If the deadline is too short in view of your recent output then verify whether you are allowed to outsource parts of your work. If you have some colleagues with whom you have already worked then it is easier. You may also try to renegotiate the deadline. "As soon as possible" is not a deadline. What did the client specify in the purchase order? By the way, you do have a purchase order, right?

Attila


Direct link Reply with quote
 

Mulyadi Subali  Identity Verified
Indonesia
Local time: 13:36
English to Indonesian
+ ...
cat tool Nov 16, 2007

i know that page is not an objective measurement compared to word count. but 1-2 pages for one day means you still have a lot to go. maybe you can use a cat tool that can handle web page/html so you can benefit from the repetition and dodge the complex formatting. just my two cents.

Direct link Reply with quote
 
Haiyang Ai  Identity Verified
United States
Local time: 01:36
English to Chinese
+ ...
Working with HTML code? Nov 16, 2007

1-2 pages a day seems a little bit slow. Are you dealing with lots of HTML code? If so, using Trados TagEditor to do the translation of htm/html/php/asp would save you lots of time.

Best regards,
Haiyang Ai

Chinese Translator
Website: www.chineservice.com


Direct link Reply with quote
 

Gillian Searl  Identity Verified
United Kingdom
Local time: 07:36
Member (2004)
German to English
You have to get through this phase Nov 16, 2007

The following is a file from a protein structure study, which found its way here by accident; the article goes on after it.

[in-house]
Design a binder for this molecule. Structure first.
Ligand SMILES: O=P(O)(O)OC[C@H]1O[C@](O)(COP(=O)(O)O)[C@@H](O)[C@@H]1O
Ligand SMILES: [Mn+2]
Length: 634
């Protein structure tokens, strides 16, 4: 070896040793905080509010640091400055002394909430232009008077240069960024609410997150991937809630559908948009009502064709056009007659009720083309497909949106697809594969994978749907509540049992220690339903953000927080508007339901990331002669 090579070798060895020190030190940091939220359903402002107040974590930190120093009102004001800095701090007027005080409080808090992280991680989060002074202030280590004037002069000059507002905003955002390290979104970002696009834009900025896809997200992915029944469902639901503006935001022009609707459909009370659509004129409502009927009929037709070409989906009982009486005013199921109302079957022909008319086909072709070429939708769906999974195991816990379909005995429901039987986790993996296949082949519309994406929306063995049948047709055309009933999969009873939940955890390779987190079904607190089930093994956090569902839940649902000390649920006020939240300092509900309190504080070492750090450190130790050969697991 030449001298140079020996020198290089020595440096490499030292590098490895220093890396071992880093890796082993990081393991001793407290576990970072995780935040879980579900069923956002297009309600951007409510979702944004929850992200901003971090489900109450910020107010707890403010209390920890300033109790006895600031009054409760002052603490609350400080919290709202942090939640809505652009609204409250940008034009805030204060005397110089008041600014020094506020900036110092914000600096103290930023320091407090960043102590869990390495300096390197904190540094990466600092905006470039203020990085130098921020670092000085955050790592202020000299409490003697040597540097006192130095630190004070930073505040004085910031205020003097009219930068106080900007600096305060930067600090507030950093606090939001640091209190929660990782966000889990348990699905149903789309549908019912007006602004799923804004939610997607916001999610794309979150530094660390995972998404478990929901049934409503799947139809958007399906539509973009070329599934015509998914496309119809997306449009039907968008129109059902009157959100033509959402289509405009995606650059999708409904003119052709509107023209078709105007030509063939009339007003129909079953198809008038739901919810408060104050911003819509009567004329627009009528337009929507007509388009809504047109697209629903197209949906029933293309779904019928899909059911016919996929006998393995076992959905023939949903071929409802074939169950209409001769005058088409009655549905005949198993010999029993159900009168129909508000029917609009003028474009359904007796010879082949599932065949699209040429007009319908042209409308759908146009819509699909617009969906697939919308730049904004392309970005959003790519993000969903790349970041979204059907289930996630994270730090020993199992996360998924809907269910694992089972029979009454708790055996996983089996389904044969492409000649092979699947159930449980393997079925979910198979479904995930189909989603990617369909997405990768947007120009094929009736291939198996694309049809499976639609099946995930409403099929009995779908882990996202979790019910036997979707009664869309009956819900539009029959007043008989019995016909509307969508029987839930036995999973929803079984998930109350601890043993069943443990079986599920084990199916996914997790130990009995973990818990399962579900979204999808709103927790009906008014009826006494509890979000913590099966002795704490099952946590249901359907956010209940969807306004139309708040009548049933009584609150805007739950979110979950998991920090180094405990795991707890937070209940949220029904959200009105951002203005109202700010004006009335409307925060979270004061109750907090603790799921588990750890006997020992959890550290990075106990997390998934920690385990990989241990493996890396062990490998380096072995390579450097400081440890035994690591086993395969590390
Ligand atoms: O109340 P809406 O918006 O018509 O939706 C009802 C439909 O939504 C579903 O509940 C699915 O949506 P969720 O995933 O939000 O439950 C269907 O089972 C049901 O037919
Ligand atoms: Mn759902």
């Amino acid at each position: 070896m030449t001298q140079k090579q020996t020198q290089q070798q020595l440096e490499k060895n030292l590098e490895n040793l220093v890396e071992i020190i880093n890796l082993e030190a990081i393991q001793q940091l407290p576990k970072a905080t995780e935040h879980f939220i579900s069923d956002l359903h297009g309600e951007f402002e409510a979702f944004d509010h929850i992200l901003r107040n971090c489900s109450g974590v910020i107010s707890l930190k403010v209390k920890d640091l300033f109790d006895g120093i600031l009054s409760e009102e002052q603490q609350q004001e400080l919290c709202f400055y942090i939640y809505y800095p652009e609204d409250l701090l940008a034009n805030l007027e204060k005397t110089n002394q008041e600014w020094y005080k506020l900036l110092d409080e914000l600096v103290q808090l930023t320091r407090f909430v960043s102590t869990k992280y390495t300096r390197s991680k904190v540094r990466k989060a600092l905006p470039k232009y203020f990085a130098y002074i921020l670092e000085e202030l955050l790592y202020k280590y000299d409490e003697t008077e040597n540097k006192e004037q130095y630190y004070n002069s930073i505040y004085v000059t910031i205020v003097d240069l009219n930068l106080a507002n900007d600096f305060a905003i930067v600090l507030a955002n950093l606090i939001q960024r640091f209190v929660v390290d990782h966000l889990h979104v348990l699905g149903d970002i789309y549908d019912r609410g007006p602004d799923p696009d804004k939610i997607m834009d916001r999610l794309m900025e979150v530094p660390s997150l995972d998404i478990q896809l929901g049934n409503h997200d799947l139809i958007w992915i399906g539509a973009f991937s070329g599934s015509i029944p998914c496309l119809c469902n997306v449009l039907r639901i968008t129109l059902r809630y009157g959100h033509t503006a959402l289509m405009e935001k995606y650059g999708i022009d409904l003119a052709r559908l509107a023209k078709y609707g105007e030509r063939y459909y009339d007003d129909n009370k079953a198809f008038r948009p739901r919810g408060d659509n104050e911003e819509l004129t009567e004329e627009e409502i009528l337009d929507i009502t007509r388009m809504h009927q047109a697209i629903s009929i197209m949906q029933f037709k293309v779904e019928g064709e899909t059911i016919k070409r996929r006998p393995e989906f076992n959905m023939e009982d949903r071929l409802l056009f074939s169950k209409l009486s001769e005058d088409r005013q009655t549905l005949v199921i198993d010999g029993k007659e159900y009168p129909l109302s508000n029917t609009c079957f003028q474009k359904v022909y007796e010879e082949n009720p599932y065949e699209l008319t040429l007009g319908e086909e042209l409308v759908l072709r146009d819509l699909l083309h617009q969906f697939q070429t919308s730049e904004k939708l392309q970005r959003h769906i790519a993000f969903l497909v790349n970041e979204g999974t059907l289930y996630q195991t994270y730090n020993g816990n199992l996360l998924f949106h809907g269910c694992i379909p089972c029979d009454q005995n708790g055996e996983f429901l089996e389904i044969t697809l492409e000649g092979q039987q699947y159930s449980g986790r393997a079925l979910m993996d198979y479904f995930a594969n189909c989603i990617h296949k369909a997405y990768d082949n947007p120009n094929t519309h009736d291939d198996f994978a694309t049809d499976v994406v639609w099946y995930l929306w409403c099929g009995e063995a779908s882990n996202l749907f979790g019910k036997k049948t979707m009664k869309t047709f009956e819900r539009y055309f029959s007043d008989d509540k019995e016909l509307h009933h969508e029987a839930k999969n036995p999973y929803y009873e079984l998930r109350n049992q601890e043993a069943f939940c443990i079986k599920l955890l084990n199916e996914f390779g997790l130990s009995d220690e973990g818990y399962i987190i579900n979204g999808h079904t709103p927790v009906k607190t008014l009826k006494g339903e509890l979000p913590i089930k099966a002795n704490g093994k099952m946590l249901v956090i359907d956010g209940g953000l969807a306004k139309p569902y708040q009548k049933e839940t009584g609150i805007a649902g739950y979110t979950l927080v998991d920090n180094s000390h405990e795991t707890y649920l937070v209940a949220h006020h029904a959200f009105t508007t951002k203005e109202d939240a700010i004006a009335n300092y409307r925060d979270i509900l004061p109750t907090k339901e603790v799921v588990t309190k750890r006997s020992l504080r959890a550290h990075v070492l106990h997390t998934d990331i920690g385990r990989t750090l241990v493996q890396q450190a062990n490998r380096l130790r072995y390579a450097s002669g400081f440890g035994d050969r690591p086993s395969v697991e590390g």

Hi!
Translators who are just starting out have to get through this phase. It will take time but eventually you will have gained enough experience and are earning enough to start selecting the projects that you take on. So you may be in this phase for some time yet but there will finally come a day when you can get the balance right and maybe only work 6 hours a day. Also, once this long project is over reward yourself with a few days or a week off - you deserve it.
And as for getting tired during long days, you need some time off - go for a walk, do some sport, take an afternoon nap. You will perform much better if you give yourself some time off. The project seems everlasting but you will get it done eventually and then you can start living again.
Hope that helps.
Gillian

[Edited at 2007-11-16 07:51]


Direct link Reply with quote
 
apod
Local time: 08:36
Italian to German
+ ...
TOPIC STARTER
thank you Nov 16, 2007

Thanks to everybody, I think that all your suggestions are very useful.
I have to explane something:
1)I know somebody work 8-10 hours a day and they are not stressed, but they work at an office I'm closed in my room all the day